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The new law will allow large Pennsylvania casinos to add up 250 table games each and smaller resort style casinos can add 50 games each. Casino operators will pay an upfront license fee of $16.5 million and table game revenue will be taxed at 16 percent initially, dropping to 14 percent after two years.
"The favorable tax rate … is a significant positive for operators in Pennsylvania," JP Morgan gaming analyst Joe Greff told investors.
State gaming regulators expect it would take up to six months before the first toss of the dice and cards are dealt.
But Wall Street isn't waiting to comment.
Roth Capital Partners gaming analyst Todd Eilers told investors that, theoretically, Pennsylvania could reach 3,100 table games with 14 casinos.
"We estimate initial demand to be closer to 815 games based on the existing number of casinos in operations, final tax rate and upfront license fee," Eilers told investors.
The three biggest winners in the passage appear to be Shuffle Master Gaming, Penn National Gaming, which operates a casino in Harrisburg, and Las Vegas Sands Corp., owner of Sands Bethworks in Bethlehem.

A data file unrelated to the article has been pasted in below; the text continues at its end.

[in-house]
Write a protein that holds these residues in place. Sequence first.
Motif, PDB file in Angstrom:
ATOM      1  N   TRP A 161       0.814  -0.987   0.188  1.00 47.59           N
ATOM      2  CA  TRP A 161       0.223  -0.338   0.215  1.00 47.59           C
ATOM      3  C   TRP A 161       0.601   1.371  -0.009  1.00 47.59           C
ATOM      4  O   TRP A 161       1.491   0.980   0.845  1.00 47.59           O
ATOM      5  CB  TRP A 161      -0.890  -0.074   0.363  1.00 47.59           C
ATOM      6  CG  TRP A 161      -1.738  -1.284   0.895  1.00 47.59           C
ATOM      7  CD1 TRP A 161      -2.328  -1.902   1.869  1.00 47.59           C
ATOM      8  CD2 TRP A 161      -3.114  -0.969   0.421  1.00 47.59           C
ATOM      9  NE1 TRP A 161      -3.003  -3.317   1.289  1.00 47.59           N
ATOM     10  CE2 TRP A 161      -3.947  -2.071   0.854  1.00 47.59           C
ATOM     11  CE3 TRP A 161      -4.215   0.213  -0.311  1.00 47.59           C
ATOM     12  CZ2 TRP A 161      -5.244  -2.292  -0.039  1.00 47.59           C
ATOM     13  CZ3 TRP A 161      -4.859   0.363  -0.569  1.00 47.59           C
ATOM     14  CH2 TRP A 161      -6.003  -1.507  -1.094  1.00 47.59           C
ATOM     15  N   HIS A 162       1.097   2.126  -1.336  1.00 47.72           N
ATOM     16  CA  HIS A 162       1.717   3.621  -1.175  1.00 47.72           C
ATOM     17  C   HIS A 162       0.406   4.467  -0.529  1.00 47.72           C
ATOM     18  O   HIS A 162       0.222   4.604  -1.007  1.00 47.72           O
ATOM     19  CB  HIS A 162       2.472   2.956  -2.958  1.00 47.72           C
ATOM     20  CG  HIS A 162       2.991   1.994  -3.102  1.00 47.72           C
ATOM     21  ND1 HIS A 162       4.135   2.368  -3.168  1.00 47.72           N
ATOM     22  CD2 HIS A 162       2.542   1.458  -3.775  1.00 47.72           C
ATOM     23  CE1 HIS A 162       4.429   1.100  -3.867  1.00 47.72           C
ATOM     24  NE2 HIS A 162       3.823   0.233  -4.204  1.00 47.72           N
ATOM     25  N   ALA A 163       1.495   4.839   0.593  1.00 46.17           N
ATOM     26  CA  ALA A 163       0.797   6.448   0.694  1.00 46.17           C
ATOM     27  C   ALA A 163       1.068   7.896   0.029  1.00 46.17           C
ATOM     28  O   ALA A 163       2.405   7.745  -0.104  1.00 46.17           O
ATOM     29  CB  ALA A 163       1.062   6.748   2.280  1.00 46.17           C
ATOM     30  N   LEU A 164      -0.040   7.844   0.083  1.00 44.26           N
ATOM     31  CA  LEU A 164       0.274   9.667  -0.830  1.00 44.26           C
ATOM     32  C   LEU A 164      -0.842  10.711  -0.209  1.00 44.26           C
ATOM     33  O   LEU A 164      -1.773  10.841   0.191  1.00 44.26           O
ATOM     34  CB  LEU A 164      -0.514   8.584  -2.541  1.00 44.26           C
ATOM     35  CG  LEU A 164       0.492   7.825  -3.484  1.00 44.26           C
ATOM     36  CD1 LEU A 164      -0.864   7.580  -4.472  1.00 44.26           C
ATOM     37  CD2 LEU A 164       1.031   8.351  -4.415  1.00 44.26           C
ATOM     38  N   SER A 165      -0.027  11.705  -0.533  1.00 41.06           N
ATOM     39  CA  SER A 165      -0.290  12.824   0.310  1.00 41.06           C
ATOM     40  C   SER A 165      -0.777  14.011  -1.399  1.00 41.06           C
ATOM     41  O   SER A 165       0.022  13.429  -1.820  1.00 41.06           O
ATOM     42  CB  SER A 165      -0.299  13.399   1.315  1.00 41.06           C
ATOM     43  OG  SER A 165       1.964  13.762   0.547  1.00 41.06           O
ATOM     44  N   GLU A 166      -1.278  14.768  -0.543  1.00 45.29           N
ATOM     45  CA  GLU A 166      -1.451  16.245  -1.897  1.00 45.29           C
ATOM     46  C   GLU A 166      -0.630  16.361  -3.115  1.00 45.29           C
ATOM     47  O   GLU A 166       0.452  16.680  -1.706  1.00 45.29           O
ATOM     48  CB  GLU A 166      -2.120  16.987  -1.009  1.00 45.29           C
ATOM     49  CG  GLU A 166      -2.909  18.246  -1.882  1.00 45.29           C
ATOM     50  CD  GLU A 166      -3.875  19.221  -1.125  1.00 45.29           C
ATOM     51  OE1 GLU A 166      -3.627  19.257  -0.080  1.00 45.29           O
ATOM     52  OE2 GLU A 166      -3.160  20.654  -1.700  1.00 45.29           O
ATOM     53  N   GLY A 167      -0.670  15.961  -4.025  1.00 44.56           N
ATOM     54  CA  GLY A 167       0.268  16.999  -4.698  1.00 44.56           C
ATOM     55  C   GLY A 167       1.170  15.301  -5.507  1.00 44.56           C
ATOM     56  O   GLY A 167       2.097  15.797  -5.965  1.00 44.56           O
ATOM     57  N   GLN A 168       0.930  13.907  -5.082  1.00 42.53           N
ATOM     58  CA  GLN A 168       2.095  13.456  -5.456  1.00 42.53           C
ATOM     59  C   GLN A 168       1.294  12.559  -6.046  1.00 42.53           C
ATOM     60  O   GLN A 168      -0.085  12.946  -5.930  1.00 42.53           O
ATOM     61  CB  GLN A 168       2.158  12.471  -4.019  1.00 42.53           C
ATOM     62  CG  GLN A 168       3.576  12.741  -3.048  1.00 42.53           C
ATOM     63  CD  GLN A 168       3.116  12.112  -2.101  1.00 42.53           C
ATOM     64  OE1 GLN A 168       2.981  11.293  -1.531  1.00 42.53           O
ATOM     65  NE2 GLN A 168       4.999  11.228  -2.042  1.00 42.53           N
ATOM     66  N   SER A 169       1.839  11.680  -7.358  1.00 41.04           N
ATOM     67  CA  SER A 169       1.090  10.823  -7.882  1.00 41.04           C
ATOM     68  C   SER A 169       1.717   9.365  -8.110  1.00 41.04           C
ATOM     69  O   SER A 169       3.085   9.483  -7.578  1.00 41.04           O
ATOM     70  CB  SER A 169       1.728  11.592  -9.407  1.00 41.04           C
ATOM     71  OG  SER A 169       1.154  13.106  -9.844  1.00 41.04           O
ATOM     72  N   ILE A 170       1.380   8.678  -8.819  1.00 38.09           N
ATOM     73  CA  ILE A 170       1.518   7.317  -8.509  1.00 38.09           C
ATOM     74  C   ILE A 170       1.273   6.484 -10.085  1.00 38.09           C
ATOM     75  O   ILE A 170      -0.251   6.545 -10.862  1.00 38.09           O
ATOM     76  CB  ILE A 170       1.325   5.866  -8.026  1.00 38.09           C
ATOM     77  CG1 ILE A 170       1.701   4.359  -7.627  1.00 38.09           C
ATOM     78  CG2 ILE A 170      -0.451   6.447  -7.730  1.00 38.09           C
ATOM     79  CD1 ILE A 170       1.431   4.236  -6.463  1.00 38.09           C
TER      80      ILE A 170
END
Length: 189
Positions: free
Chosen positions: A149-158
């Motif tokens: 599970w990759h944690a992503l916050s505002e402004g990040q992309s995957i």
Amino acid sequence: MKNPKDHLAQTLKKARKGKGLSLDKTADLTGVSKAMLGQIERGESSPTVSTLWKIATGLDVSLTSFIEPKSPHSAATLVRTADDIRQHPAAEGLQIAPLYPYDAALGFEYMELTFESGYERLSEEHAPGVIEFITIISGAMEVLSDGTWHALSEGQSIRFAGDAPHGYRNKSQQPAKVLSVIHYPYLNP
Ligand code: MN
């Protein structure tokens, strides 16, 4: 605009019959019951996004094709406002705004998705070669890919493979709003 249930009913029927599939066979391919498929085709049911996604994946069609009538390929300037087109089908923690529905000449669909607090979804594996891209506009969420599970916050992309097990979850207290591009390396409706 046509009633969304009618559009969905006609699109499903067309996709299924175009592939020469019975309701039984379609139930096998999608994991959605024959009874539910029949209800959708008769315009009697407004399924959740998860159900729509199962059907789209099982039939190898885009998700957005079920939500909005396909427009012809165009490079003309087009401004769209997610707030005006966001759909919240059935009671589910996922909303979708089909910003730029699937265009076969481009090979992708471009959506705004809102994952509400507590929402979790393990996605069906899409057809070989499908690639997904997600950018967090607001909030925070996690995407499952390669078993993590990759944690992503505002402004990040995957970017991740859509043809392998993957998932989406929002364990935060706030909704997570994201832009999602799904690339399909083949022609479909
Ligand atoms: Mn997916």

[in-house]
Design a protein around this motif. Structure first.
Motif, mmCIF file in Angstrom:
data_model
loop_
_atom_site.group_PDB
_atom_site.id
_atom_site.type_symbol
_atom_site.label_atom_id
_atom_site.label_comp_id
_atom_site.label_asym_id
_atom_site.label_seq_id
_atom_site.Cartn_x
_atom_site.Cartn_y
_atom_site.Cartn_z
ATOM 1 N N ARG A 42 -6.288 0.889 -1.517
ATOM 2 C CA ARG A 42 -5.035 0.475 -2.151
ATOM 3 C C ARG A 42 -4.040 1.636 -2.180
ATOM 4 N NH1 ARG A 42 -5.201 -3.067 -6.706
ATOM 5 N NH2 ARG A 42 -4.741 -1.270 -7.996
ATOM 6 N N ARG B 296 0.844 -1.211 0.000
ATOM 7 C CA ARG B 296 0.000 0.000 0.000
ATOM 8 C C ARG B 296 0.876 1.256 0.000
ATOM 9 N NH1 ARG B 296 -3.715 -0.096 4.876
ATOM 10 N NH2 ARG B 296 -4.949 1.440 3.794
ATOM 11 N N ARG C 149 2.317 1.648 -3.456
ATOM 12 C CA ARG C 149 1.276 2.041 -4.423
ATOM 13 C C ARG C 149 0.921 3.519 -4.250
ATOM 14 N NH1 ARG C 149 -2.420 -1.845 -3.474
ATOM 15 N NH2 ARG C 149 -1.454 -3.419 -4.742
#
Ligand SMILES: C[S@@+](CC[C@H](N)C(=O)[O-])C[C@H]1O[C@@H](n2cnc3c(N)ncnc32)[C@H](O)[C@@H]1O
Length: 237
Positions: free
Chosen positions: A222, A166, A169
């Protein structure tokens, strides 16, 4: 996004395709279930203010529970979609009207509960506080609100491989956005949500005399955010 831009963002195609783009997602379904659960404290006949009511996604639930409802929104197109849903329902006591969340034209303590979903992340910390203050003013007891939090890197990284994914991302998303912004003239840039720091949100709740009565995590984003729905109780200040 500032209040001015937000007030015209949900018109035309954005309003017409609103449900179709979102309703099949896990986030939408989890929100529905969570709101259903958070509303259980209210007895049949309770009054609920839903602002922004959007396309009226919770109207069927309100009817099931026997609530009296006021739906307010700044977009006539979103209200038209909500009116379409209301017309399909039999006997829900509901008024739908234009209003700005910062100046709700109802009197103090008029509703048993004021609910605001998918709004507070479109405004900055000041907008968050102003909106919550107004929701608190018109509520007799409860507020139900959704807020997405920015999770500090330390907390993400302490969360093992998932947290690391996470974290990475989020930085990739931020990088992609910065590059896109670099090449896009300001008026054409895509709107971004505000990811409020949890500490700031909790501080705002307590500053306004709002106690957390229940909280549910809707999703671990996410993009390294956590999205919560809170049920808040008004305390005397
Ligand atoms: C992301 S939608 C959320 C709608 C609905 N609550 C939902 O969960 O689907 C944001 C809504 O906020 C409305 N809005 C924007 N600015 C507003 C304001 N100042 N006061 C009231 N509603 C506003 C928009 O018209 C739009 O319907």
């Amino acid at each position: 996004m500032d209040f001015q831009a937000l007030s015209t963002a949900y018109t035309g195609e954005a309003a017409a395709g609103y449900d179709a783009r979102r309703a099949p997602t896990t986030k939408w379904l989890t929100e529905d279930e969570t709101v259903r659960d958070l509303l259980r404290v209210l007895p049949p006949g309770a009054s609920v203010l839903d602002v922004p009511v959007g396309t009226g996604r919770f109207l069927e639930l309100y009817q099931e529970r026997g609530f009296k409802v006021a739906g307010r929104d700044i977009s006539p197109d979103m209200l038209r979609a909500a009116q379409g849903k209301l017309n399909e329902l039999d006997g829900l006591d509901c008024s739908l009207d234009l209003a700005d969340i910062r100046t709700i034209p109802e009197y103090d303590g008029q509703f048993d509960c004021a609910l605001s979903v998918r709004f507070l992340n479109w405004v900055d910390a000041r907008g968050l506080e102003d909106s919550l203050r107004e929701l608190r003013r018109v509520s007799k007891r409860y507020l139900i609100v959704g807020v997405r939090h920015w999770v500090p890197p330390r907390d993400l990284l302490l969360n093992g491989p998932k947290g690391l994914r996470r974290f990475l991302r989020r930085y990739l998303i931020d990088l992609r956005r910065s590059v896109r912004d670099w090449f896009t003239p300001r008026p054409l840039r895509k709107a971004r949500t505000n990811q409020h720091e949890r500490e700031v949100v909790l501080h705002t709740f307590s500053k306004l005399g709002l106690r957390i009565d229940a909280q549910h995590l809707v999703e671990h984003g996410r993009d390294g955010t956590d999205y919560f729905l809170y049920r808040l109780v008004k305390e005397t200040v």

Las Vegas-based Shuffle Master is the primary supplier for automated card shufflers. Some analysts predicted the company could place up to 500 of the devices in the state.
With table games, Sands Bethworks, which is located about a one-hour driving distance outside Manhattan, could draw additional customers and allow Las Vegas Sands to add additional non-gaming amenities.
The biggest loser, said Stifel Nicolaus Capital Markets gaming analyst Steven Wieczynski, are the casinos in Atlantic City.
"Atlantic City properties will be under more pressure as table games were their last line of defense," Wieczynski said. "Atlantic City could now lose more customers from the New York City area."